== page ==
Ban Ki-Moon Attempts to Defuse Tension with Morocco, Regrets ‘Misunderstandings’ over Occupation Comment

Ban Ki-Moon Attempts to Defuse Tension with Morocco, Regrets ‘Misunderstandings’ over Occupation Comment

In an attempt to defuse the tension that recently flared up between the United Nations Secretary General Ban Ki-Moon and Morocco, the UN Chief on Monday expressed explicit regrets for the misunderstanding about the word “occupation” he had used when referring to Morocco’s presence in the Sahara.

Stephane Dujarric, Ban Ki-Moon’s spokesman, Monday said during the daily briefing that Ban Ki-Moon’s use of “occupation was not deliberate but was the expression of his personal feelings in face of the dire living conditions of the Sahrawis in the Tindouf camps.

The spokesman said that the UN Chief used the word “occupation” in one single time in response to a press question, noting that “he had been moved and saddened to see the harsh conditions in which men, women, and children have been living in for decades.”

“His use of the word was not planned nor was it deliberate. It was a spontaneous, personal reaction,” Stephane Dujarric said.

The UN Secretary General regrets “the misunderstandings and consequences that this personal expression of solicitude provoked,” and “nothing he said or did in the course of that trip was meant to offend or express hostility towards the Kingdom of Morocco, which is a valued member of the United Nations,” the spokesman said.

He recalled that the main purpose of the Secretary‑General’s trip in North Africa early March “was to focus on the need for a mutually acceptable way forward that would, among other things, end the tribulations of the refugees.”

Dujarric also pointed out that Ban Ki-Moon has always maintained an impartial position on the Sahara issue. “He has not and will not take sides on the issue of Western Sahara.”

He added that the UN stance on the issue has not changed and that the world body’s facilitation of the negotiating process is based on the principles of the United Nations and the relevant Security Council resolutions. “We seek to encourage the parties to negotiate without precondition and in good faith to find a mutually acceptable political solution.”

“As mediators in the talks between the different sides in the conflict, we remain faithful to UN principles and the Security Council’s resolutions,” Ban Ki-Moon said according to Dujarric.

In a document distributed Monday afternoon to the press accredited to the UN, Stephane Dujarric, reiterated that Ban Ki-moon regretted the misunderstanding around the term “occupation” he used during his trip in Tindouf on March 5.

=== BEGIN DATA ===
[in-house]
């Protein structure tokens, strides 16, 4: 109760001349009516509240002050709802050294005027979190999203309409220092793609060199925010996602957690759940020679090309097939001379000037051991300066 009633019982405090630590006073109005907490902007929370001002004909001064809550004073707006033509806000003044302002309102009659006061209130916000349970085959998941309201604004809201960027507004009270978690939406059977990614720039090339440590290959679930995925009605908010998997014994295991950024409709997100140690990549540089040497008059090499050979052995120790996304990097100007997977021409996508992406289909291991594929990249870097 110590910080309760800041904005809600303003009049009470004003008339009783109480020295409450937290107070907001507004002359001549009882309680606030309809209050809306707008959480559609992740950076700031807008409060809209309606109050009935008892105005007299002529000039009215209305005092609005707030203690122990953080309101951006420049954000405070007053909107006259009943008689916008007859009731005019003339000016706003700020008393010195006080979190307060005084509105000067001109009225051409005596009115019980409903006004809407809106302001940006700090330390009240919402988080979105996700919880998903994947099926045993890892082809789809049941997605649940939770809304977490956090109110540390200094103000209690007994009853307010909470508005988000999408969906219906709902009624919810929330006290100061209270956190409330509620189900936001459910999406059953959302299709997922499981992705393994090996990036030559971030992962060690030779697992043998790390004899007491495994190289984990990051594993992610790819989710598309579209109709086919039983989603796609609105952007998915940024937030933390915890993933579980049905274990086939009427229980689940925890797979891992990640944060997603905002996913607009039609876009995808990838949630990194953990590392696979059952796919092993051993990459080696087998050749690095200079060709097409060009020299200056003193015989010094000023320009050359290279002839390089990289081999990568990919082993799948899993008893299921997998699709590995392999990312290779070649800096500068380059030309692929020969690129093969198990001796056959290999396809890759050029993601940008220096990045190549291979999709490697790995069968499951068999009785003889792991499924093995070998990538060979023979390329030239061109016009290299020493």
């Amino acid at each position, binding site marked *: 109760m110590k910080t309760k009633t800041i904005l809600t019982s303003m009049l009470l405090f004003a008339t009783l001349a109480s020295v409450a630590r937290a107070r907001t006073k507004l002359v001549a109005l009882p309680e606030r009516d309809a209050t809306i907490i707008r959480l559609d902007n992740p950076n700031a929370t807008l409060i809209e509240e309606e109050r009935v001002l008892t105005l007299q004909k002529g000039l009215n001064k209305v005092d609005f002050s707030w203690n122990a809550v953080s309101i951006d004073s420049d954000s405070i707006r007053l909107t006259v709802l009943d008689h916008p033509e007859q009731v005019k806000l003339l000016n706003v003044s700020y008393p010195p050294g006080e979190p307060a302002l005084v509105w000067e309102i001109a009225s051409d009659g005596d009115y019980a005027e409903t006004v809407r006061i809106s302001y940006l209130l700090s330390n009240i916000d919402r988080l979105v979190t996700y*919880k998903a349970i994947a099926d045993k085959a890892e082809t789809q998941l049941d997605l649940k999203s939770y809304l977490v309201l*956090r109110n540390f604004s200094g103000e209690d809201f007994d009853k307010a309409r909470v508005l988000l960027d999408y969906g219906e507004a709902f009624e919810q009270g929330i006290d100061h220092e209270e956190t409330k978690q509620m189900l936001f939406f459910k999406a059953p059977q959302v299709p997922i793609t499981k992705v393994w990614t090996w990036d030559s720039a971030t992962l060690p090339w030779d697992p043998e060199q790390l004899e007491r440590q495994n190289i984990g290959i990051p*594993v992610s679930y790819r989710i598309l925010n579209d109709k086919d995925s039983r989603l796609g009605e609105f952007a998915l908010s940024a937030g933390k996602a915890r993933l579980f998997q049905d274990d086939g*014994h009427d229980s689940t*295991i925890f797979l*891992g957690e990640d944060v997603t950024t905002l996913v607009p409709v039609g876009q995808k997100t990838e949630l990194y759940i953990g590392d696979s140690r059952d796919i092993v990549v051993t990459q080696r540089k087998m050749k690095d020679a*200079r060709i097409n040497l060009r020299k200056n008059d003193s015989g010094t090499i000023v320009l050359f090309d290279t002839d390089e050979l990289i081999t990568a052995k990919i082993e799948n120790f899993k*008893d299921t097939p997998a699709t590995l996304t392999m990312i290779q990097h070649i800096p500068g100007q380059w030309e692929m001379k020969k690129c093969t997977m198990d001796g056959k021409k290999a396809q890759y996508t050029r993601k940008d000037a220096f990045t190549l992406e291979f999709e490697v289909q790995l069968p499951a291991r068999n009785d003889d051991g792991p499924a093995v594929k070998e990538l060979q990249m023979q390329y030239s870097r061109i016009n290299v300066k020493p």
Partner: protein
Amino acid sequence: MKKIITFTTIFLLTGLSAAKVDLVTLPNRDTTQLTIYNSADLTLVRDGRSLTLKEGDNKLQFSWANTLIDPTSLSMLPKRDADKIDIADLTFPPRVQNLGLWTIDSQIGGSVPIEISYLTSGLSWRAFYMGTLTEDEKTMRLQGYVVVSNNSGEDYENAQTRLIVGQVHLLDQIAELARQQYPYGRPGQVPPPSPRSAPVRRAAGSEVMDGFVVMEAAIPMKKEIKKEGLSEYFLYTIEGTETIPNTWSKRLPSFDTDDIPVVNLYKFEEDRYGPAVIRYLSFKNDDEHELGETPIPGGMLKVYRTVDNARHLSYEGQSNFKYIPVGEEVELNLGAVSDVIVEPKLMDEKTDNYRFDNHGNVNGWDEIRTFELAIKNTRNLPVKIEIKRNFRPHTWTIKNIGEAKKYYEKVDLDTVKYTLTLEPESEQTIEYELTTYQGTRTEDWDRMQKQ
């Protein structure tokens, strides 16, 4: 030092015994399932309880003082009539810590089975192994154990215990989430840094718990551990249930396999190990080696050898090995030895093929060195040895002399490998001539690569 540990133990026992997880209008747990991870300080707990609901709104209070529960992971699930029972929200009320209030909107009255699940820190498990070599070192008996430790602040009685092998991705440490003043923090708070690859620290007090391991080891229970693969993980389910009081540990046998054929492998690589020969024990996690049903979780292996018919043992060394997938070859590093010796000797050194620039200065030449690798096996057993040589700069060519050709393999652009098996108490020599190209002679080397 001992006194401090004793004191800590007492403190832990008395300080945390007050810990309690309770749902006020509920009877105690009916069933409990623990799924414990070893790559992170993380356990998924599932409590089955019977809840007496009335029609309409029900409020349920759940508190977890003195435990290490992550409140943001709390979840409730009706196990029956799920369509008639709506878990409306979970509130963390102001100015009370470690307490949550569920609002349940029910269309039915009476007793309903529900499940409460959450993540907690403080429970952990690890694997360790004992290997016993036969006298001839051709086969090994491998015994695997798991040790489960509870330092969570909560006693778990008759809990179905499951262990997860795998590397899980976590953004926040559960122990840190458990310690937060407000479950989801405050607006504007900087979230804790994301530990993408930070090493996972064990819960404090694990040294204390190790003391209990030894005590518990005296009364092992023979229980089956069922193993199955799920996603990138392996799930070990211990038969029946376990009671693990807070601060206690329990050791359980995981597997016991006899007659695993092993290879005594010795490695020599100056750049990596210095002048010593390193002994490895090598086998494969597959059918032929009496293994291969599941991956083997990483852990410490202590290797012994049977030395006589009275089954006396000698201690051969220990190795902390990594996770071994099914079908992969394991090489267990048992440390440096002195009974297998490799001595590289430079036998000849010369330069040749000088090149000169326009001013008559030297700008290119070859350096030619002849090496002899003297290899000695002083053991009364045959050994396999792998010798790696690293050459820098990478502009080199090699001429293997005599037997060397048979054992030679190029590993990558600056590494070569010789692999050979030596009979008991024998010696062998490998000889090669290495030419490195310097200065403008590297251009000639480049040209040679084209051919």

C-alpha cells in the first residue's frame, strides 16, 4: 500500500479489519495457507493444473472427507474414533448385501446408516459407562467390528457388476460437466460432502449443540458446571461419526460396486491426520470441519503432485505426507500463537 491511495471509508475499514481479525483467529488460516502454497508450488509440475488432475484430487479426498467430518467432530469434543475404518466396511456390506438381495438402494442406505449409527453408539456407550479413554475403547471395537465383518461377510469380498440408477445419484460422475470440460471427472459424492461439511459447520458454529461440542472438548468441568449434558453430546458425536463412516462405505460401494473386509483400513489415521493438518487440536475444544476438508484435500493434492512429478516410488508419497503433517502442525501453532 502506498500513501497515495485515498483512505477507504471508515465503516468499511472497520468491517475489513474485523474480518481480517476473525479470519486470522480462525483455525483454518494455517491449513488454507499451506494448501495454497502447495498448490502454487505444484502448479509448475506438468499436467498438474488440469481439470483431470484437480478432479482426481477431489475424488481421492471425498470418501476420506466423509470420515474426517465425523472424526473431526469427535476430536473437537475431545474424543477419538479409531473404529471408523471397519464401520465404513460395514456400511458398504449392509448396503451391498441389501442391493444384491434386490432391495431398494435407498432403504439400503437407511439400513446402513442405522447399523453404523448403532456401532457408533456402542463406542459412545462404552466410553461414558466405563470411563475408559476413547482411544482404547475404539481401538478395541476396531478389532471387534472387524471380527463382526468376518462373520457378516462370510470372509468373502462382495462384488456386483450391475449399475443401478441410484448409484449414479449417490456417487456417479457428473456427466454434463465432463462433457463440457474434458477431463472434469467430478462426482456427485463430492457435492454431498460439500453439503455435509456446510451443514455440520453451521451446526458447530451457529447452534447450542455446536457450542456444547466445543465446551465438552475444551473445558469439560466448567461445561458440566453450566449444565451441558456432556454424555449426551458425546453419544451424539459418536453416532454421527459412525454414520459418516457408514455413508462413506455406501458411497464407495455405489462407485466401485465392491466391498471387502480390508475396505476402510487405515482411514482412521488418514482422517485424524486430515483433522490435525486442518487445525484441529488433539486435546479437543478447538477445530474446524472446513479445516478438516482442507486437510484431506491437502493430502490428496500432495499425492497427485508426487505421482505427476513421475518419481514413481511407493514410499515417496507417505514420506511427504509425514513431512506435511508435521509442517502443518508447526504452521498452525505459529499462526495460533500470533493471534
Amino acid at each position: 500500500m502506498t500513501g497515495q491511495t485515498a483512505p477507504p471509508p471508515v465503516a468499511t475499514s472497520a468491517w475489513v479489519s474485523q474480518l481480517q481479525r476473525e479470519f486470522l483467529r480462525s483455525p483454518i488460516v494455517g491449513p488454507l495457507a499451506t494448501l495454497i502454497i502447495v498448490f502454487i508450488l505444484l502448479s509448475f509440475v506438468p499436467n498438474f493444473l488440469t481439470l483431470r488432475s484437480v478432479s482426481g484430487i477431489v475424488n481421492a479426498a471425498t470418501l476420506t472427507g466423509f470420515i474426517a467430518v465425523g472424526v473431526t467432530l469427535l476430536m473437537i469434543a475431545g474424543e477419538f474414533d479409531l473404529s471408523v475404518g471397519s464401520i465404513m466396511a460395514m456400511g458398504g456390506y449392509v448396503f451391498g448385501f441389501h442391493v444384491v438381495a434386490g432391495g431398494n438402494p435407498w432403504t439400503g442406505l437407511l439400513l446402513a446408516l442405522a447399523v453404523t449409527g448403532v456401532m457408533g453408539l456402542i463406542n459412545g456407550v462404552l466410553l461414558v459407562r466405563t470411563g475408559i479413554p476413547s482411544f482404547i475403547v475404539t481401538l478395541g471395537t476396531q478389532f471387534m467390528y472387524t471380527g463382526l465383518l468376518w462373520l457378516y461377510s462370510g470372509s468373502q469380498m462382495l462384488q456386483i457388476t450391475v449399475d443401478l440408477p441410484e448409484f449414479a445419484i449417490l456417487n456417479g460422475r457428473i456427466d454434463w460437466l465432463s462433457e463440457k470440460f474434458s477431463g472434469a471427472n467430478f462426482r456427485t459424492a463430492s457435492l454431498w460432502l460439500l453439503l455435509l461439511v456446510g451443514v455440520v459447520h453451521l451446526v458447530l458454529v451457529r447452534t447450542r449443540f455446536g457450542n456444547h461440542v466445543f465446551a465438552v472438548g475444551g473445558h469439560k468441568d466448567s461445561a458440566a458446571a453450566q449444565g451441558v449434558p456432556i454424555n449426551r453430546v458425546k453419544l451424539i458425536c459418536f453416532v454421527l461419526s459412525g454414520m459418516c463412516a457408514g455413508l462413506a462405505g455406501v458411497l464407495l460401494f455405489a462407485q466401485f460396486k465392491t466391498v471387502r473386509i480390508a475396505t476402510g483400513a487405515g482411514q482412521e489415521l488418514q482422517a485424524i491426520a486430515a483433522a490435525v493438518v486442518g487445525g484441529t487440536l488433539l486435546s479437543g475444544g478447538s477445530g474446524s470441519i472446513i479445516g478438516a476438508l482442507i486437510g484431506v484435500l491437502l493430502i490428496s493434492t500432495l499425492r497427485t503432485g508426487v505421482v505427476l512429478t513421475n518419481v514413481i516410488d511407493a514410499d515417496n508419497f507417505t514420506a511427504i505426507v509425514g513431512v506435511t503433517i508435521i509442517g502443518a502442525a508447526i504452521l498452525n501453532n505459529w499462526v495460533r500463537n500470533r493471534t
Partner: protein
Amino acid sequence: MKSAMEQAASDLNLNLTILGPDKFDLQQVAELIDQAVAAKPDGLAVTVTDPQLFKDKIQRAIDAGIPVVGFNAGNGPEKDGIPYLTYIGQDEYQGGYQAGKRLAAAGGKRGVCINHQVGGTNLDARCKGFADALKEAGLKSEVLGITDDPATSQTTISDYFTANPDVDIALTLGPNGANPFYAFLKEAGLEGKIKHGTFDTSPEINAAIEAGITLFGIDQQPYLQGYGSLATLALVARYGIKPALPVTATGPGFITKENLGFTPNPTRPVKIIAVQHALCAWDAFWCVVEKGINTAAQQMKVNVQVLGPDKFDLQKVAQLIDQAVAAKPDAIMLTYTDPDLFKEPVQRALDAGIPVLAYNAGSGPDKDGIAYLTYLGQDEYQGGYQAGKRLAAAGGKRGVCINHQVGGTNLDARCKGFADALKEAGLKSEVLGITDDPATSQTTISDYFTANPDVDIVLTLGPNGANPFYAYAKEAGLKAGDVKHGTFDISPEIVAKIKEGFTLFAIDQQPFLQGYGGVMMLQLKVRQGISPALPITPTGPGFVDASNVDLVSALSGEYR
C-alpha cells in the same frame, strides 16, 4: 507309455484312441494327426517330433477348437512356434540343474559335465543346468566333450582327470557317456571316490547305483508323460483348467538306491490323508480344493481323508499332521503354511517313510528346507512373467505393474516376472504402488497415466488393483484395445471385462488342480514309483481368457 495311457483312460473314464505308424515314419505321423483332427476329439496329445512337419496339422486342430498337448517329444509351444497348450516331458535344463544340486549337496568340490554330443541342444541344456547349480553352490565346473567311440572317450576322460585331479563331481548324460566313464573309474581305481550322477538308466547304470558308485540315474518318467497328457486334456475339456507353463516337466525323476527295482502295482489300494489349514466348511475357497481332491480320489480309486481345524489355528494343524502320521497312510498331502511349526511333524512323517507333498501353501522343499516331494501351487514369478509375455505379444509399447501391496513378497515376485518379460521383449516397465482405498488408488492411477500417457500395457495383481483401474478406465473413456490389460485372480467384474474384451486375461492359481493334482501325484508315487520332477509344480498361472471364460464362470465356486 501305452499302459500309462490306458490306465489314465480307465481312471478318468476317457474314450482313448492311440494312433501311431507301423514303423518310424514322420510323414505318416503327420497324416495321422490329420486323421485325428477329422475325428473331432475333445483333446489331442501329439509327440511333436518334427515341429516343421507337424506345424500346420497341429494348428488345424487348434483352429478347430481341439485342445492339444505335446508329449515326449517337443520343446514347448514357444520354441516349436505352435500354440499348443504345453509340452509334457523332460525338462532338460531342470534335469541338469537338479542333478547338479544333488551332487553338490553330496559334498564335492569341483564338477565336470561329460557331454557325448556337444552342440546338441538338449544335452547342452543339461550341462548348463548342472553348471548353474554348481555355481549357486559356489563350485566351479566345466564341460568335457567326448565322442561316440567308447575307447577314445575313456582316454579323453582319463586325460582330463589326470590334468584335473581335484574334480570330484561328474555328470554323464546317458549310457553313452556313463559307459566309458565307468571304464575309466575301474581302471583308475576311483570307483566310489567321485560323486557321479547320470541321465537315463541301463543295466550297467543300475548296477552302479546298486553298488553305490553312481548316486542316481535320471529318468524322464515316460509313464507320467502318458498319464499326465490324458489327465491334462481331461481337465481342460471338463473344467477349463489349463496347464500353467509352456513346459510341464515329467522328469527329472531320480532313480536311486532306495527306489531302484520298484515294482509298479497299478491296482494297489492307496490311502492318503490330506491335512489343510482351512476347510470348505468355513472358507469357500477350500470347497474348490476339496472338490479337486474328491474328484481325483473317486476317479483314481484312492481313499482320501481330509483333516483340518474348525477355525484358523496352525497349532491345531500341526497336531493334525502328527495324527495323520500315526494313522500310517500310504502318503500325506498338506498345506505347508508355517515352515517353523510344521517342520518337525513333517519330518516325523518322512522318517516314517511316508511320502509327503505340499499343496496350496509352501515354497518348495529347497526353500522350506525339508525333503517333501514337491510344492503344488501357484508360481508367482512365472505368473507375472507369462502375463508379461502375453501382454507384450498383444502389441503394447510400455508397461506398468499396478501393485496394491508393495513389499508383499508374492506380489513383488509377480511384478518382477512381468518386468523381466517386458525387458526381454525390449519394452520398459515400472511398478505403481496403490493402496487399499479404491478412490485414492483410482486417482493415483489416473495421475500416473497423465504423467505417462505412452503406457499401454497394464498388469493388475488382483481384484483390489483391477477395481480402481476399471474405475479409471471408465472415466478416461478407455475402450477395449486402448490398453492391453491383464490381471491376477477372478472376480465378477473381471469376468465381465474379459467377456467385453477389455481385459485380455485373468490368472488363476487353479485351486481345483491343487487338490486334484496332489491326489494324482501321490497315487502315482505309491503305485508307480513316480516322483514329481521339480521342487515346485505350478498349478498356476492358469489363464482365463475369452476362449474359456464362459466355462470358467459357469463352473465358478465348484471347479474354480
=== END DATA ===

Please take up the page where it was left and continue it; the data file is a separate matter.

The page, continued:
He explained again in what circumstances he used this word and that it was “neither premeditated nor intentional.” “This was a spontaneous personal reaction,” the UN document states, adding that the UN position has not changed and that “the UN Secretary General has at no time of his trip to North Africa suggested or indicated a change in the UN’s approach to the conflict over the Western Sahara.”

The wording of the document as well as the spokesman’s statement show there is desire on the part of the UN Chief to appease the tension he triggered by his undiplomatic remarks.

Moroccan authorities and people had firmly responded to Ban’s remarks. Over three million Moroccans took to the streets to protest these comments and the Government adopted a set of measures including the removal of dozens of civilian and political personnel of the UN peacekeeping mission in Western Sahara, known as MINURSO.

Several world powers, including France, the United States, Russia and the Gulf Cooperation Council reiterated support to Rabat’s stand in this longstanding regional dispute and to the Morocco-proposed autonomy plan for the Sahara deemed as “serious, realistic and credible.”

The UN Chief’s remarks had prompted the State Department to issue a statement reiterating that the US considers Morocco’s autonomy plan “serious, realistic and credible,” and “a potential approach that could satisfy the aspirations of the people in the Western Sahara to run their own affairs in peace and dignity.”

Share This